Who are you?

A very ‘British’ (part Yorkshire, part Scottish, part Irish) person of modest but honest family origins who failed the Foreign and Commonwealth Office Fast Stream exams at the first attempt but succeeded three years later. I rose through the  ranks to senior diplomatic positions in post-communist Europe.

Why did you join the FCO?

No-one else offered me a job when I left University. Had I been smarter I would have pressed on with the law and enjoyed being a prosperous barrister


Some here, including me as a youthful FCO Resident Clerk and the Warsaw flying Mini

Why did you really leave the FCO? You were doing well

After 28 years of diplomacy at the coal-face I had had enough. I left the FCO at the end of 2007 to start a new consultancy-style career

My career had featured unusually long periods overseas. Since 1993 I had lived in the UK for only 20 months, with almost all of the rest of the time spent in former Communist countries, often in arduous conditions.  Entertaining over 5,000 people a year for nine years had taken its toll

Another pampered diplomat swilling champagne at public expense?

I did not feel pampered listening to gun battles outside my Moscow flat during the attempted coup against President Yeltsin, or when we lived in Sarajevo with a minefield over the fence. In any case, bringing serious people together in relaxed, discreet surroundings to move complex issues forward is part of how things work in any business, diplomacy included

Didn’t you get into big trouble over that leaked alarm-clock email business back in 2005?

Not really. But it was a bracing week or two. My FCO end-of-year ‘performance bonus’ was cut from ‘Not Much’ to ‘Even Less’

Weren’t you exposed as a British spy in the Balkans?

There are lies, damn lies, statistics, and Balkan conspiracy theories. Any diplomat serving in the Balkans who is not denounced as a spy  is not doing anything useful

What is this website about? Why not the usual memoirs?

First and foremost, I want to market my communication skills services. I also want a one-stop shop for my writings. Few people read diplomatic memoirs these days, unless they make noisy ‘revelations’ or divulge tittle-tattle about Ministers’ clothing and sex-lives. Here I share with the public informal but informed thoughts on the diplomatic process, plus offer level-headed insights into events which catch the public eye or should have done

The FCO is vetting everything you write?

There is a long list of UK government requirements binding former officials on how they should behave after they leave public service and what they might do with their ‘officially acquired information’. It’s interpreted sensibly. Since I started this site in early 2008 there has been not a word from the FCO on anything I’ve written here or in the wider media. Basically, what Ministers and the public alike should expect boils down to normal professional courtesy, discretion and good judgement exercised with due respect for the public and national interest. Fine by me

Some ex-Ambassadors bravely attack the system and its hypocrisy?

Courage is not adjusted by volume control. And who gives you more to think about? Someone who loathes you and wails away endlessly but ineffectively, or the honest knowledgeable critic who tells you and the world exactly what he/she thinks?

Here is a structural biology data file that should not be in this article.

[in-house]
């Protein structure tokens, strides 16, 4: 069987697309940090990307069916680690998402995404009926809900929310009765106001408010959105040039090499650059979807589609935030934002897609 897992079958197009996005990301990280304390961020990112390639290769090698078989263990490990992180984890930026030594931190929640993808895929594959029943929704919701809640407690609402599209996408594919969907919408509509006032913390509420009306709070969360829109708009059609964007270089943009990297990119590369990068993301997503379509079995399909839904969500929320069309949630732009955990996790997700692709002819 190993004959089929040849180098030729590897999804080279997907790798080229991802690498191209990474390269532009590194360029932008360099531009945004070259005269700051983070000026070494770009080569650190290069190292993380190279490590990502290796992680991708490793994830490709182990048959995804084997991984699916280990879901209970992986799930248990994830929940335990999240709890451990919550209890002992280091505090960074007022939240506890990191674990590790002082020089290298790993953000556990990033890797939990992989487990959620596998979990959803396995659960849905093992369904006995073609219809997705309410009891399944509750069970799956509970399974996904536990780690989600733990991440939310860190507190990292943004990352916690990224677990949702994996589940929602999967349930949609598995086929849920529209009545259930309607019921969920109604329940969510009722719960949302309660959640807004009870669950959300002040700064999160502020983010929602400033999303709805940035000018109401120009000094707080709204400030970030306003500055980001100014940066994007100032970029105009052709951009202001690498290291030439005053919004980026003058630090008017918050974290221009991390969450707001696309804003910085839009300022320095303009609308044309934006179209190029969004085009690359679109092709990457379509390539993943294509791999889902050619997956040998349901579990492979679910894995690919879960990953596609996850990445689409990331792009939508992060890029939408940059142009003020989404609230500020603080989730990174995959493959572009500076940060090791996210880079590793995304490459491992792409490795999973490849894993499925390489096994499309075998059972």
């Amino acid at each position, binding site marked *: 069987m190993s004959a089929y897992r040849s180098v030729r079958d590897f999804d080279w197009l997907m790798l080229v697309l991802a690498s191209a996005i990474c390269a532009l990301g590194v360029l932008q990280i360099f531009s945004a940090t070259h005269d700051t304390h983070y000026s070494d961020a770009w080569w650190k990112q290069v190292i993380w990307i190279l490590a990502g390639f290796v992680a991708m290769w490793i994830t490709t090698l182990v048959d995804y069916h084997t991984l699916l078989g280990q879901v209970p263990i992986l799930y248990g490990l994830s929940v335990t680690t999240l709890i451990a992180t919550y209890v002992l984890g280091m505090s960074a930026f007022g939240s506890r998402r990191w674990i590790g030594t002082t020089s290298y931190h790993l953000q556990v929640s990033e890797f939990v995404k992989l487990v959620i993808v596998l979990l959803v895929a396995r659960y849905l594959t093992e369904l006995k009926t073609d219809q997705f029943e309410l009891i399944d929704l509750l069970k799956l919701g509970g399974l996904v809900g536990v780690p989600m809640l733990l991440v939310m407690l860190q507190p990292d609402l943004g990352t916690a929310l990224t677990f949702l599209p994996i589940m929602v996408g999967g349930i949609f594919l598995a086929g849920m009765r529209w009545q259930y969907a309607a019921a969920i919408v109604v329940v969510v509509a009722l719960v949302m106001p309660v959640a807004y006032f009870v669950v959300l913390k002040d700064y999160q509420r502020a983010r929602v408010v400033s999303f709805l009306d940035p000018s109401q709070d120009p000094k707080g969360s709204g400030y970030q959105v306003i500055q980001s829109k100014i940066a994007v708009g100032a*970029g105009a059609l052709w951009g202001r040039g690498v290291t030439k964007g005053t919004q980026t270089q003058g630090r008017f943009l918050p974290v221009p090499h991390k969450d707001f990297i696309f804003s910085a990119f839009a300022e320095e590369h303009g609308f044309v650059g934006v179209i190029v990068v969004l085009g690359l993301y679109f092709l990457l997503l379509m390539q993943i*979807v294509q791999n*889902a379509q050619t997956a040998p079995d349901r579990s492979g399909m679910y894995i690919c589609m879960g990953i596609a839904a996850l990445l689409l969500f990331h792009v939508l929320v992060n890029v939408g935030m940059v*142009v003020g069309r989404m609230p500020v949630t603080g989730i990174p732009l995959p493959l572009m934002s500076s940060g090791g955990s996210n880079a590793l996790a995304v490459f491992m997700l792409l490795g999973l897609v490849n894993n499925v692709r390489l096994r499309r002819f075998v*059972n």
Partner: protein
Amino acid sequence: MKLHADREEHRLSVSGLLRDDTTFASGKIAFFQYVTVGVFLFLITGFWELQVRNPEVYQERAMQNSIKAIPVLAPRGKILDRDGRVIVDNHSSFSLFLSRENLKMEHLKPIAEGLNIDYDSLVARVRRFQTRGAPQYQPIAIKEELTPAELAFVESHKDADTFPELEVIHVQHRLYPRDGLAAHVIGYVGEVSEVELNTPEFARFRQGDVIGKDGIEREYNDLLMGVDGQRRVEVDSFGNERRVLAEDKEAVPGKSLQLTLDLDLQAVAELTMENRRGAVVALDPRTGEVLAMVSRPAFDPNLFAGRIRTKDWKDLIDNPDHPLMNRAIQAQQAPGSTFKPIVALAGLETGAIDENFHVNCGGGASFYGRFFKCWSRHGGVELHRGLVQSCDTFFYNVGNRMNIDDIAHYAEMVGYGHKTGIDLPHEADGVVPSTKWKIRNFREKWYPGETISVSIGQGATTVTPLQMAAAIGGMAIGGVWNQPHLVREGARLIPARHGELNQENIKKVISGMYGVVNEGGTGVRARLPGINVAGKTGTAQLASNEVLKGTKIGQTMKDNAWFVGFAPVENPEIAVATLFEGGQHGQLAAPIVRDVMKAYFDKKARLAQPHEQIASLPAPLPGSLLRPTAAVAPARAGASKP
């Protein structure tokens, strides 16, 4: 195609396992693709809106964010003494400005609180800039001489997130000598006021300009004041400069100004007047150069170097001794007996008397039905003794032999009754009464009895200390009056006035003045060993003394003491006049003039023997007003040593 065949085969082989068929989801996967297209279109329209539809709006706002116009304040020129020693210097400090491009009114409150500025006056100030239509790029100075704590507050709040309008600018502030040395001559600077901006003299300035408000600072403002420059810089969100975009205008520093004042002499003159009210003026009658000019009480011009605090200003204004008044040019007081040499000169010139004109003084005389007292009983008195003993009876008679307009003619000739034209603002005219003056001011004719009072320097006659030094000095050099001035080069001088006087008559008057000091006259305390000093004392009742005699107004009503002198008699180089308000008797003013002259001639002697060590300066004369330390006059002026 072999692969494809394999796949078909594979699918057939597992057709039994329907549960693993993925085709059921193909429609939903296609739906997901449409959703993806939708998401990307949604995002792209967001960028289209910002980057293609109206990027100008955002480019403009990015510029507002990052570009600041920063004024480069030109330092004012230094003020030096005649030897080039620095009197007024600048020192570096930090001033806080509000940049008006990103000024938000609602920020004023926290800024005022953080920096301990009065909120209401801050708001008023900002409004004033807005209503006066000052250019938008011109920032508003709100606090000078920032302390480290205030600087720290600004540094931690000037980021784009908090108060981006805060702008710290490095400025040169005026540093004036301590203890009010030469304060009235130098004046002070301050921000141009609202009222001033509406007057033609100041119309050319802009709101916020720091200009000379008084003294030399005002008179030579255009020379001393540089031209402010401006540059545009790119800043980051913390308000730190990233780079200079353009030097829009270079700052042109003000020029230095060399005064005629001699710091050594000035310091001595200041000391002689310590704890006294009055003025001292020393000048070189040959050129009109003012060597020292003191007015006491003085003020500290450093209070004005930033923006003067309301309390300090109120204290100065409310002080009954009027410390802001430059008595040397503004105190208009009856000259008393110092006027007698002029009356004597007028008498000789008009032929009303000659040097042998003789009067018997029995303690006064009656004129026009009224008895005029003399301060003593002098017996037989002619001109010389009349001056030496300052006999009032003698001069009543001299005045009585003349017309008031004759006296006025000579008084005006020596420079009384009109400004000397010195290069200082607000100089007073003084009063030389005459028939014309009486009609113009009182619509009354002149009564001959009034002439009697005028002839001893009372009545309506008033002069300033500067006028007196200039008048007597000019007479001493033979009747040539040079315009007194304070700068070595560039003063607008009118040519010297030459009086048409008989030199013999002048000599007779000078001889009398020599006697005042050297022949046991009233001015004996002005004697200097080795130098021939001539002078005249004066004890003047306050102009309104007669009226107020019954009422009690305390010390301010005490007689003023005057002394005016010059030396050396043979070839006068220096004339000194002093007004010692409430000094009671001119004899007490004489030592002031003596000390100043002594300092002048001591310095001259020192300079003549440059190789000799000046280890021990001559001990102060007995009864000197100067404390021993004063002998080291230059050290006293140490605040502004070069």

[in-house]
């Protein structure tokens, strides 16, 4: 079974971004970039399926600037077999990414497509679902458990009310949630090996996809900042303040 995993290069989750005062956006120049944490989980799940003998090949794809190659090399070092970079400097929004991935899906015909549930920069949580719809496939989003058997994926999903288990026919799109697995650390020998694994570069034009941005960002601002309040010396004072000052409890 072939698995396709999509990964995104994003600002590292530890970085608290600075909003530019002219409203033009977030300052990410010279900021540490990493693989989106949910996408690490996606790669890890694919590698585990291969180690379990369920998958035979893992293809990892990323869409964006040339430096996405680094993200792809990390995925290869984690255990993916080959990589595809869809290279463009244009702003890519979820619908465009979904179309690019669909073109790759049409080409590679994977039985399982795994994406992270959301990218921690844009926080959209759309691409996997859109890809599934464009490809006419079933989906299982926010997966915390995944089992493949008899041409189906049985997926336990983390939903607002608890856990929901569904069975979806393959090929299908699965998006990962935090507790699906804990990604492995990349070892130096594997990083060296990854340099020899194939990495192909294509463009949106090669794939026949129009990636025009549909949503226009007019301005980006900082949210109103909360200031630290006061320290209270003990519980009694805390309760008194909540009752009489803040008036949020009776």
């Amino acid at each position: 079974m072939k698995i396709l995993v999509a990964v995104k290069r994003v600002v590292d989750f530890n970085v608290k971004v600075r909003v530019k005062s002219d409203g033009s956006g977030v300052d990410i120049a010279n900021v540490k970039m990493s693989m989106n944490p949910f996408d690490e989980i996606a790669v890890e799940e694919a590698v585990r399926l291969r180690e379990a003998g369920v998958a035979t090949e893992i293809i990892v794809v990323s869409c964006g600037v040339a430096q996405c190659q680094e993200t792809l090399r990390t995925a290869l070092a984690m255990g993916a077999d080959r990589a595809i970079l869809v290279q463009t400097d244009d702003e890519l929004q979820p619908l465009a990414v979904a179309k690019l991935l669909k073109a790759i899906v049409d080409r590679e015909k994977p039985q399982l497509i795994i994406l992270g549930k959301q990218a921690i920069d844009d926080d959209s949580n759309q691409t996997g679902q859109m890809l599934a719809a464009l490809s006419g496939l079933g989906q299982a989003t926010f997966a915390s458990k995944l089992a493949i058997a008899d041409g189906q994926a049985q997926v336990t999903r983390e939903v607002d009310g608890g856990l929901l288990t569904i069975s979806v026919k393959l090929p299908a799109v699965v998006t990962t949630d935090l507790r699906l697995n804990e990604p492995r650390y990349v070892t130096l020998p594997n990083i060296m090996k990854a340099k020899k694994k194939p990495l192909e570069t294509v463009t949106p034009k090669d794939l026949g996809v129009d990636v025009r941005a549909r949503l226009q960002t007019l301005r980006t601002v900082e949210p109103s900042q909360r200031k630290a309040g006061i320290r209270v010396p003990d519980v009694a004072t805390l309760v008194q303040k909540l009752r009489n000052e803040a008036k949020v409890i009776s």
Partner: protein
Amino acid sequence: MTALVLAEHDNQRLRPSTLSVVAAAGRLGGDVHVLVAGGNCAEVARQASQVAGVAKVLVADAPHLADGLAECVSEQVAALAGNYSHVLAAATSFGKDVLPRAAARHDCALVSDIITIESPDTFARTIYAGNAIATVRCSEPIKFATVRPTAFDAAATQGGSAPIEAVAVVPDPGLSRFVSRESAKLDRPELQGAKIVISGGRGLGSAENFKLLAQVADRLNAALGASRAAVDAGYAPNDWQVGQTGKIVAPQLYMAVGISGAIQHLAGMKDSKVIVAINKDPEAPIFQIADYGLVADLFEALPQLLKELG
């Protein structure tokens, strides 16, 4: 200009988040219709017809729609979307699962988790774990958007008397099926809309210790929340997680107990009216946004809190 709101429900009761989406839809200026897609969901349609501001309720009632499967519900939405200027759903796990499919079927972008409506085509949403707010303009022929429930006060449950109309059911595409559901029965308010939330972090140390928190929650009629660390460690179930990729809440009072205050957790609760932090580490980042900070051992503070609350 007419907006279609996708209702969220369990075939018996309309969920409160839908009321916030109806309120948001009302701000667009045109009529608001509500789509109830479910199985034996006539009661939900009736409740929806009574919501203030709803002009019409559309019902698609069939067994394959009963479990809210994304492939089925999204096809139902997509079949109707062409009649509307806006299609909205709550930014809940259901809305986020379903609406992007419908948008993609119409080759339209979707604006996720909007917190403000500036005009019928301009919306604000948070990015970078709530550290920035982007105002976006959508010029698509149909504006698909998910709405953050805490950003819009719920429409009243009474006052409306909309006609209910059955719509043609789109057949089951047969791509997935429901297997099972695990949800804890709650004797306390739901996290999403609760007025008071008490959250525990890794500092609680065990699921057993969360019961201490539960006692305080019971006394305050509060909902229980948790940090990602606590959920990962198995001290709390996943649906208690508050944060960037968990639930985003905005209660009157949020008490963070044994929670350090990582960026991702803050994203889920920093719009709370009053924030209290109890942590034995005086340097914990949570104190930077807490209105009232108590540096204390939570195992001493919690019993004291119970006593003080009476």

Your basic political views?

I believe that public money should be spent honestly and intelligently. Having the chance to spend other people’s money on a massive scale induces a cynical state of mind which can slip into corruption. Without sustained steely self-restraint by politicians and senior civil servants alike, things slump towards decadence and decline

Having lived in apartheid South Africa, I do not like ‘ethnic origin’ questionnaires in today’s United Kingdom which use racial categories creepily reminiscent of the apartheid regime’s Population Registration Act. After years working for the British public service and living across communist and post-communist Europe I have views on what the state sector in the UK and anywhere else can and cannot do well

Did you support the Iraq intervention?

Evil dangerous regimes which brutalise whole populations and threaten global order need to be stopped

Good point, but why only Iraq? Double standards?

Better double standards than no standards, as I used to say to bad leaders in former Yugoslavia. The fact that it is not possible to scale back all the world’s dictators does not make action against one of them to free millions of people wrong or hypocritical. Whether the intervention was well done or now looks wise is another matter

Why do you support Tottenham?

Their unending inventiveness in finding new astounding ways to disappoint their fans has to be admired

Did you play Garry Kasparov at chess?

Yes. I set up a charity chess simultaneous event at the British Embassy in Moscow featuring most of the world’s top grandmasters. He began the game by pointing his two knights straight at me. Things on the board then spiralled downhill. But he later gave me a chess board signed “Dear Charles, Good luck in the chess game of diplomacy, G Kasparov

Why do you write some words in a sentence with Capital Letters?

The wittiest book on diplomatic life is ‘Esprit de Corps’ by Lawrence Durrell, a distant predecessor for me as Information Officer at the British Embassy in Belgrade in the early 1950s. He used this device to marvellous effect. I inelegantly copy his example

Where does that line about the ‘tiny spark of hope in the surrounding impenetrable blackness’ come from?

A scene-setting telegram I sent to London in January 2005 on the eve of ceremonies to commemorate the 60th anniversary of the liberation of Auschwitz


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